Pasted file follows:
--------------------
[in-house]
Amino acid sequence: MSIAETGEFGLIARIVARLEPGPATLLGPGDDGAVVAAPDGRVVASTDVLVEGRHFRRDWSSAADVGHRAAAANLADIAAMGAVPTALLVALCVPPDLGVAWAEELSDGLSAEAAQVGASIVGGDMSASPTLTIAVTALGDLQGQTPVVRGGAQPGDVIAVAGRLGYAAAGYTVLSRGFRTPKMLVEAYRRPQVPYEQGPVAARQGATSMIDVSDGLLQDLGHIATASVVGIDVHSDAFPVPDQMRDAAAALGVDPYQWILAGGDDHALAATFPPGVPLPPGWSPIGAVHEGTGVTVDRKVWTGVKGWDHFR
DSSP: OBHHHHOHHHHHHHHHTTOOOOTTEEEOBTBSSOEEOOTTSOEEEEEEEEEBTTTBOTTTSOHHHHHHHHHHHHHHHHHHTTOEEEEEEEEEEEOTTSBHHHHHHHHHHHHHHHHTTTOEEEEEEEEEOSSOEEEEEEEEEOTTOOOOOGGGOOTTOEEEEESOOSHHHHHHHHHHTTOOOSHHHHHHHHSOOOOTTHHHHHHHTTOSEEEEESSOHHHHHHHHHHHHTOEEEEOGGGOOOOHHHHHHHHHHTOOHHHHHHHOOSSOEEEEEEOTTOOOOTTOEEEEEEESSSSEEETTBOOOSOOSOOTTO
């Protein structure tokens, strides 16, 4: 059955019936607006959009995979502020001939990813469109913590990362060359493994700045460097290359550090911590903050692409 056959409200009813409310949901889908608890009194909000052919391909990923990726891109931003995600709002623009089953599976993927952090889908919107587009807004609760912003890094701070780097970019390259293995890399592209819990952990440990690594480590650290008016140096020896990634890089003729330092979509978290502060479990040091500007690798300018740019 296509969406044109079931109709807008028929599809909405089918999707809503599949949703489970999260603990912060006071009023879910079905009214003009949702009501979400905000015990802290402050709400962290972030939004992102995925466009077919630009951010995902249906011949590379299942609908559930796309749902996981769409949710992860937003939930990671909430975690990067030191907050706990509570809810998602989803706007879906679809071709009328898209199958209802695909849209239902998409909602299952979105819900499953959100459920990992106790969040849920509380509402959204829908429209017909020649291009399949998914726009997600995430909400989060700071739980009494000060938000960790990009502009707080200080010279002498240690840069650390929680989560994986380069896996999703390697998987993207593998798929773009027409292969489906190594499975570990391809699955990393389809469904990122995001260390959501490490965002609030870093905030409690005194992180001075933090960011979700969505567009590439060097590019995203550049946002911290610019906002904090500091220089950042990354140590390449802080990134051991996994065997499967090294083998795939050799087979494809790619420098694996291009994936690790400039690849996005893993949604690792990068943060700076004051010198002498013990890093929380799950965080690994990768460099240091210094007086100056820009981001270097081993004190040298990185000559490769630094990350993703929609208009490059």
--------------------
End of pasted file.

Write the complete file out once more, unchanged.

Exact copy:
[in-house]
Amino acid sequence: MSIAETGEFGLIARIVARLEPGPATLLGPGDDGAVVAAPDGRVVASTDVLVEGRHFRRDWSSAADVGHRAAAANLADIAAMGAVPTALLVALCVPPDLGVAWAEELSDGLSAEAAQVGASIVGGDMSASPTLTIAVTALGDLQGQTPVVRGGAQPGDVIAVAGRLGYAAAGYTVLSRGFRTPKMLVEAYRRPQVPYEQGPVAARQGATSMIDVSDGLLQDLGHIATASVVGIDVHSDAFPVPDQMRDAAAALGVDPYQWILAGGDDHALAATFPPGVPLPPGWSPIGAVHEGTGVTVDRKVWTGVKGWDHFR
DSSP: OBHHHHOHHHHHHHHHTTOOOOTTEEEOBTBSSOEEOOTTSOEEEEEEEEEBTTTBOTTTSOHHHHHHHHHHHHHHHHHHTTOEEEEEEEEEEEOTTSBHHHHHHHHHHHHHHHHTTTOEEEEEEEEEOSSOEEEEEEEEEOTTOOOOOGGGOOTTOEEEEESOOSHHHHHHHHHHTTOOOSHHHHHHHHSOOOOTTHHHHHHHTTOSEEEEESSOHHHHHHHHHHHHTOEEEEOGGGOOOOHHHHHHHHHHTOOHHHHHHHOOSSOEEEEEEOTTOOOOTTOEEEEEEESSSSEEETTBOOOSOOSOOTTO
């Protein structure tokens, strides 16, 4: 059955019936607006959009995979502020001939990813469109913590990362060359493994700045460097290359550090911590903050692409 056959409200009813409310949901889908608890009194909000052919391909990923990726891109931003995600709002623009089953599976993927952090889908919107587009807004609760912003890094701070780097970019390259293995890399592209819990952990440990690594480590650290008016140096020896990634890089003729330092979509978290502060479990040091500007690798300018740019 296509969406044109079931109709807008028929599809909405089918999707809503599949949703489970999260603990912060006071009023879910079905009214003009949702009501979400905000015990802290402050709400962290972030939004992102995925466009077919630009951010995902249906011949590379299942609908559930796309749902996981769409949710992860937003939930990671909430975690990067030191907050706990509570809810998602989803706007879906679809071709009328898209199958209802695909849209239902998409909602299952979105819900499953959100459920990992106790969040849920509380509402959204829908429209017909020649291009399949998914726009997600995430909400989060700071739980009494000060938000960790990009502009707080200080010279002498240690840069650390929680989560994986380069896996999703390697998987993207593998798929773009027409292969489906190594499975570990391809699955990393389809469904990122995001260390959501490490965002609030870093905030409690005194992180001075933090960011979700969505567009590439060097590019995203550049946002911290610019906002904090500091220089950042990354140590390449802080990134051991996994065997499967090294083998795939050799087979494809790619420098694996291009994936690790400039690849996005893993949604690792990068943060700076004051010198002498013990890093929380799950965080690994990768460099240091210094007086100056820009981001270097081993004190040298990185000559490769630094990350993703929609208009490059």